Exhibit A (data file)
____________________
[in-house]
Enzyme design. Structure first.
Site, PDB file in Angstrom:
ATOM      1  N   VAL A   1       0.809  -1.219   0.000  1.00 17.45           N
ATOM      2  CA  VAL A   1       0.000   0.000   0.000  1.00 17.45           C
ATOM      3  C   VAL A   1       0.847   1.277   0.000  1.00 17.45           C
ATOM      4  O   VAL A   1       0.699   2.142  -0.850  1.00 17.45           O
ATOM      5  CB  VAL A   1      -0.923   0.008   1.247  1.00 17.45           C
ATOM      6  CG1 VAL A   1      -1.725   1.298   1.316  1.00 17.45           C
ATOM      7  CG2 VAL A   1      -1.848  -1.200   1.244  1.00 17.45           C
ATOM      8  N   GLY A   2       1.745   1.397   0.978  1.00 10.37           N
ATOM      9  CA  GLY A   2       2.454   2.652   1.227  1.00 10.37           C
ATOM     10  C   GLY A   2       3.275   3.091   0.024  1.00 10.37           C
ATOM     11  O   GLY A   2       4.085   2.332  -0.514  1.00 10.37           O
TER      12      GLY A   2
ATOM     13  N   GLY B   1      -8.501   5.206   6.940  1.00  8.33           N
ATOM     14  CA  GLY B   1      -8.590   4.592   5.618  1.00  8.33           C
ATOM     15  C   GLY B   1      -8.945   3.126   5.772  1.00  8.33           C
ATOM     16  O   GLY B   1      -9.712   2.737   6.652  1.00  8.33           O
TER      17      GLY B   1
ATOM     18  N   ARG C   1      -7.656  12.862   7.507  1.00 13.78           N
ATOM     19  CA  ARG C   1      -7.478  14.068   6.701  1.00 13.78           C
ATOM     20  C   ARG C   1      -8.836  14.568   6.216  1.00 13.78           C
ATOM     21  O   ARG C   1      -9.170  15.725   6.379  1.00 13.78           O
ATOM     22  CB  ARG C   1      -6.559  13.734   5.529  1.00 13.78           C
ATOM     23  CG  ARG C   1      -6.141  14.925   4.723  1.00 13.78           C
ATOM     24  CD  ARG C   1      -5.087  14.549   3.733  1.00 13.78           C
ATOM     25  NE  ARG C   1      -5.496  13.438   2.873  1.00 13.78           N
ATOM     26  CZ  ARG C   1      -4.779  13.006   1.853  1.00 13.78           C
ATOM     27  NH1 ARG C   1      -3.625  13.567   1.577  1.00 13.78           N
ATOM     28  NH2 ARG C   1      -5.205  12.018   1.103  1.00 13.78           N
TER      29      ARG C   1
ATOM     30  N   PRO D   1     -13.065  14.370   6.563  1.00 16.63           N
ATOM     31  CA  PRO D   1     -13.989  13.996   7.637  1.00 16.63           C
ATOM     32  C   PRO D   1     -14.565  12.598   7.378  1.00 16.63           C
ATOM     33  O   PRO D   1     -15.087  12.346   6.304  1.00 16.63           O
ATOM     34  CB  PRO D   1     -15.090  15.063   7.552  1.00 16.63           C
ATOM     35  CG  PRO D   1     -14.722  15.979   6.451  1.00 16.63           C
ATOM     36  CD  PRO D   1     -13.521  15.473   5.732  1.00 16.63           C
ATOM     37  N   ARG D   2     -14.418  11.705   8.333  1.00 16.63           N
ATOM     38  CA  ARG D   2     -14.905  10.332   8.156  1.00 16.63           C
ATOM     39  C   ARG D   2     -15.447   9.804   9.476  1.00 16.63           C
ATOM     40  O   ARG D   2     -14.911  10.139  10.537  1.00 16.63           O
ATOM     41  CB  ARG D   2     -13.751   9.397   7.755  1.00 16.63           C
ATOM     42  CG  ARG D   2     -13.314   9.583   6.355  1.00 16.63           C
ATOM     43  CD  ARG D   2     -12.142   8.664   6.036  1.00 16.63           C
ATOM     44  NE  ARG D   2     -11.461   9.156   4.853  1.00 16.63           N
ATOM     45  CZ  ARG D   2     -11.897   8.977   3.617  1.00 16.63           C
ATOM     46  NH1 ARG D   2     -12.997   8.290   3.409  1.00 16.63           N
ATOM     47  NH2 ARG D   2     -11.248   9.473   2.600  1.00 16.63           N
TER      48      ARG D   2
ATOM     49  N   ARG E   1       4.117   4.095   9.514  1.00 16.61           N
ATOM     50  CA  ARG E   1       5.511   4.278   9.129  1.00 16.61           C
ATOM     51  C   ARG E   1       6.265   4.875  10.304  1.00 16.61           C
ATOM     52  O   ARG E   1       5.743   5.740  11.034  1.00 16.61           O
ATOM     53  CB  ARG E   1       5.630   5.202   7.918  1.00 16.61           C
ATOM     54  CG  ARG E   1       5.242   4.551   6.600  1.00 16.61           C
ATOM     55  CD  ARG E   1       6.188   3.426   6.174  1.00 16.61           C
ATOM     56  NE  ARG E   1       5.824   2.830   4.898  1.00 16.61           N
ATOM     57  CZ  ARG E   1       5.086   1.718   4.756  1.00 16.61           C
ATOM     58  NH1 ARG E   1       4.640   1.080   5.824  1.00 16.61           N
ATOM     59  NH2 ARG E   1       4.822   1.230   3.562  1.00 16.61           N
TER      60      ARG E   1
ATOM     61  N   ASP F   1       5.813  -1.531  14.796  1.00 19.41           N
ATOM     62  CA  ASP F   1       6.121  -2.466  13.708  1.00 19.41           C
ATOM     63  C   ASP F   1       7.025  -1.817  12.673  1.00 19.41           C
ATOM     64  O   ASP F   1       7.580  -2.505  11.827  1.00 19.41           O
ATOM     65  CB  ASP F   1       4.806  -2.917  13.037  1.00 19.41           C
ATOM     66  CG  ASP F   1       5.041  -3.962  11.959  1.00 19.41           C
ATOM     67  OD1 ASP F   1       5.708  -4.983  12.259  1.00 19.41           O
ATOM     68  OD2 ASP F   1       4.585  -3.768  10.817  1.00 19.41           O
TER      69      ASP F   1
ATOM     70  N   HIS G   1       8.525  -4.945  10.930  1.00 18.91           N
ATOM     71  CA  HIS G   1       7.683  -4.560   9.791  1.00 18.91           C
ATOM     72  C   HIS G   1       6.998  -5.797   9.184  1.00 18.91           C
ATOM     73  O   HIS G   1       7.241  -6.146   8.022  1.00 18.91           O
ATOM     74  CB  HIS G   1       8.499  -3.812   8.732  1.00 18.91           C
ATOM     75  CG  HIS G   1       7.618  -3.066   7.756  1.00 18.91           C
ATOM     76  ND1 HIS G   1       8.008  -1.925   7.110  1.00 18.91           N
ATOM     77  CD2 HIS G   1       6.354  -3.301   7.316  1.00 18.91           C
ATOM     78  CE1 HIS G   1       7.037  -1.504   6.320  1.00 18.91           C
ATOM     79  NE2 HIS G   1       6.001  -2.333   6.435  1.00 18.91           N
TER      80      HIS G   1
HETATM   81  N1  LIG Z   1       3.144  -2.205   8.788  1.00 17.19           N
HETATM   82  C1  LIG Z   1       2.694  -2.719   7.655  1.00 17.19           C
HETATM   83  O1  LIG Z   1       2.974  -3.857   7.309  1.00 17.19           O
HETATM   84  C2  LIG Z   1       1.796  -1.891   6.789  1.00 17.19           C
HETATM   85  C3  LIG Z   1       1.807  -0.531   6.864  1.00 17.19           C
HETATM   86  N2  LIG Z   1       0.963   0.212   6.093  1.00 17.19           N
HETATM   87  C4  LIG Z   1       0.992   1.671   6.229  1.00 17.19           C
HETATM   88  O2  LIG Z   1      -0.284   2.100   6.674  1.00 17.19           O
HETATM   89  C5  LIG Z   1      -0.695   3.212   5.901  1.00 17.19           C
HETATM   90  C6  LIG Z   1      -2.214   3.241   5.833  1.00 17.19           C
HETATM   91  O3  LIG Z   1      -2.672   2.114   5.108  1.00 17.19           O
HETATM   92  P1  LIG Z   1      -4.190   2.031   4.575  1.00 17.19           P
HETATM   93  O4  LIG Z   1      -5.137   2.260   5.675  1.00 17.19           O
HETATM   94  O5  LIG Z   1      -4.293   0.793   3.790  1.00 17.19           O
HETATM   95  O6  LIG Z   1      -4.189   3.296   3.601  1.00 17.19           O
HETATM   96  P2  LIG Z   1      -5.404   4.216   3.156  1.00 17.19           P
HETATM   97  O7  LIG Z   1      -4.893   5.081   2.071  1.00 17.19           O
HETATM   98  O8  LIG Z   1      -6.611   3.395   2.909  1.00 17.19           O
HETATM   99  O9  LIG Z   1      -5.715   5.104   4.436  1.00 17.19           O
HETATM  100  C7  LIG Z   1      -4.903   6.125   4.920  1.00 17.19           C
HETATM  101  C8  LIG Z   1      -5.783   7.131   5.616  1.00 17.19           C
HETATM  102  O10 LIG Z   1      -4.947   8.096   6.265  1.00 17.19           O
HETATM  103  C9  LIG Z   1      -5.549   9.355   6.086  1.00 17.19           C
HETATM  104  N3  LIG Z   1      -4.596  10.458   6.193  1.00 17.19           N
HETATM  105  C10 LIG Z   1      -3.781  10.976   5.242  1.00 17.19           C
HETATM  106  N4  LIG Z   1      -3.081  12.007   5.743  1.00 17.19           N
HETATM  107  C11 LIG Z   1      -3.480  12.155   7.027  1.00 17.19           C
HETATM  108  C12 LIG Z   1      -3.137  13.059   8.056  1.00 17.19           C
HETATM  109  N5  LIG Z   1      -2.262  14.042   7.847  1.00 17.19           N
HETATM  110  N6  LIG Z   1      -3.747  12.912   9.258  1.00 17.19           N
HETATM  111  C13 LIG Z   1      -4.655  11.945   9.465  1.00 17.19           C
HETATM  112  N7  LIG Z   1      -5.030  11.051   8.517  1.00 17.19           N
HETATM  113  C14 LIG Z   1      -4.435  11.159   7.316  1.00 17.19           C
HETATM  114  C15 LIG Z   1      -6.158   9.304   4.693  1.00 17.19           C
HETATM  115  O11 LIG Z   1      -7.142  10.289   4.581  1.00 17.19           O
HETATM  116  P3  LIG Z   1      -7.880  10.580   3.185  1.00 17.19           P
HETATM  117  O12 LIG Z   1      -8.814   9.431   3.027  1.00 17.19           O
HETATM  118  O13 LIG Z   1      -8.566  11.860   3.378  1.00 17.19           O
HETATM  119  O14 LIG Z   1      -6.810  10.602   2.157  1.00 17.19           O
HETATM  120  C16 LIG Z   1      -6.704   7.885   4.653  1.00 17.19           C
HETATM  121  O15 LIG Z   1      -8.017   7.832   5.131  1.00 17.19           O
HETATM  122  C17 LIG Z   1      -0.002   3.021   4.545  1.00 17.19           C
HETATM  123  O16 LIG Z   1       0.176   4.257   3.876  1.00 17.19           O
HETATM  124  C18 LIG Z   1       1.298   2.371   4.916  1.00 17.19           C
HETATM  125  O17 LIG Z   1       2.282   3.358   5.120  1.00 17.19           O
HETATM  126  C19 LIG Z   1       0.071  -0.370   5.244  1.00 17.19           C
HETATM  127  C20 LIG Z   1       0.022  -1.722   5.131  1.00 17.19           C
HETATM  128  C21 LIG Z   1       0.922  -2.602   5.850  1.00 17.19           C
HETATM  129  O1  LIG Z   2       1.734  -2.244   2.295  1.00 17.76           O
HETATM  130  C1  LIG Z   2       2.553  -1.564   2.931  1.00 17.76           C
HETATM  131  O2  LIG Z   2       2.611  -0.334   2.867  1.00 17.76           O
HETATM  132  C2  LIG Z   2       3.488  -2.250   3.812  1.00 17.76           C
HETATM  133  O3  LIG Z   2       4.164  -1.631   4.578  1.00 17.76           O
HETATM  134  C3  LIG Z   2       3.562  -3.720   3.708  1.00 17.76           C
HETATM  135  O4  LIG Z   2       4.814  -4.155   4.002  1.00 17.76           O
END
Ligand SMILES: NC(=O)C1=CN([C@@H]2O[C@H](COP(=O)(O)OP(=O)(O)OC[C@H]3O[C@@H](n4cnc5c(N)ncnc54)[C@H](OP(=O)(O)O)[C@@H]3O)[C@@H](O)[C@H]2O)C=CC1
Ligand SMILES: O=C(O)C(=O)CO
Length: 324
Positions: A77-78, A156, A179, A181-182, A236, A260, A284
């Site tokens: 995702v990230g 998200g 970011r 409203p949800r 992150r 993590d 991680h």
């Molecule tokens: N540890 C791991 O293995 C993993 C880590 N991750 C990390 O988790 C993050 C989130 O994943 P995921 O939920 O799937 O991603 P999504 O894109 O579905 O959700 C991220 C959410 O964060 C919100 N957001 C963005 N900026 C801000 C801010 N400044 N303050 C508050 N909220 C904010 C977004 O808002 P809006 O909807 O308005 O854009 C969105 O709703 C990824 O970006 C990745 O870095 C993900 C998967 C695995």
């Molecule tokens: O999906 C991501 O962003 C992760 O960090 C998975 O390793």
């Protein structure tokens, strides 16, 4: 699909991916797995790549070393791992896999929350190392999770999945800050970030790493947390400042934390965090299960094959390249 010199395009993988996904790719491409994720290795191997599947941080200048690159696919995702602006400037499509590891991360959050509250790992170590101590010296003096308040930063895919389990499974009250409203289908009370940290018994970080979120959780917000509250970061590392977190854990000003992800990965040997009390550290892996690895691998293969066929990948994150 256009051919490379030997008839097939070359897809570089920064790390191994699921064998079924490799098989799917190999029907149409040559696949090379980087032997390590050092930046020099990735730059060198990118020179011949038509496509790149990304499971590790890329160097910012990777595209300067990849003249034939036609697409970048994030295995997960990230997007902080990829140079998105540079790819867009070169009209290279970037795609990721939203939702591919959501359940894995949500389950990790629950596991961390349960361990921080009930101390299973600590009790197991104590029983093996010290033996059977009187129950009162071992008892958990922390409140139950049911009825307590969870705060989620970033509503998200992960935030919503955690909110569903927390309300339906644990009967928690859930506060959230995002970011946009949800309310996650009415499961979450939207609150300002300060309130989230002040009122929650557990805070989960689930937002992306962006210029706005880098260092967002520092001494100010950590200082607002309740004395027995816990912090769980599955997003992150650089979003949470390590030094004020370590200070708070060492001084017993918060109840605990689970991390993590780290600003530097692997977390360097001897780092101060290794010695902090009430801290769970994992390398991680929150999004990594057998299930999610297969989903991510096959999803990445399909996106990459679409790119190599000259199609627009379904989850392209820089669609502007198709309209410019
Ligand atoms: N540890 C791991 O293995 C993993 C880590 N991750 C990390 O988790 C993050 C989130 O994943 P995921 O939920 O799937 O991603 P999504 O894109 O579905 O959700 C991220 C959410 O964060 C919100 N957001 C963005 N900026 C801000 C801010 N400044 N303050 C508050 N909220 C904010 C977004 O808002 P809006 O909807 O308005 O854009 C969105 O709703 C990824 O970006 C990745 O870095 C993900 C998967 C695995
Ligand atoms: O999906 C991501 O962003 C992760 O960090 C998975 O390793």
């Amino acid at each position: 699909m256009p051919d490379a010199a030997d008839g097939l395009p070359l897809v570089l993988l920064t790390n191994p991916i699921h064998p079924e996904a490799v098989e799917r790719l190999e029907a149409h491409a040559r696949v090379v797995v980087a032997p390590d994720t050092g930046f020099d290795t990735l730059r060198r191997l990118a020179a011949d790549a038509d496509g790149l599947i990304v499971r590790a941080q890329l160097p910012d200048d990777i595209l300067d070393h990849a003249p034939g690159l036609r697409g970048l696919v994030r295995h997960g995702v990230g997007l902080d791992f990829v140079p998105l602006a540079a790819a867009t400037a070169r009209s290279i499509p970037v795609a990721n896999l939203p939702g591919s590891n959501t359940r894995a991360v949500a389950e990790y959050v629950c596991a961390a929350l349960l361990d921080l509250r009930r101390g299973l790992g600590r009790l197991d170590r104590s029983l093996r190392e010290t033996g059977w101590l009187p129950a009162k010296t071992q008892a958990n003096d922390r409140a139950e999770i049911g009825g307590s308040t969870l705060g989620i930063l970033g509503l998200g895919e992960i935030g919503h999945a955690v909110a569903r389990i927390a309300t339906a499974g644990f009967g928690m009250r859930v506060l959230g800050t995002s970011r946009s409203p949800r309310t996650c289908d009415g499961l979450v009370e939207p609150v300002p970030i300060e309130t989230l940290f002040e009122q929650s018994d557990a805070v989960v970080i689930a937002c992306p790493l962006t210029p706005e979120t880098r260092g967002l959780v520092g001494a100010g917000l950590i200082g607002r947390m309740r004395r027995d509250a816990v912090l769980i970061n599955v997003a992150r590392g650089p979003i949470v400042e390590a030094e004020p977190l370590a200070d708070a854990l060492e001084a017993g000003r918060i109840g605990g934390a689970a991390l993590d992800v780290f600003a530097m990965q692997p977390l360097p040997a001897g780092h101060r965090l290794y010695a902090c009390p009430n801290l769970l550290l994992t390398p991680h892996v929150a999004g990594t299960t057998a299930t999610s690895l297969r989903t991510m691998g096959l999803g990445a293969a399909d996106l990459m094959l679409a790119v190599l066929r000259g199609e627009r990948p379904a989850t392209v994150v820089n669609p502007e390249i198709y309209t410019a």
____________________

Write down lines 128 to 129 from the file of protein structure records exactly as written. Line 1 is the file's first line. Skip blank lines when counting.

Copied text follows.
HETATM  125  O17 LIG Z   1       2.282   3.358   5.120  1.00 17.19           O
HETATM  126  C19 LIG Z   1       0.071  -0.370   5.244  1.00 17.19           C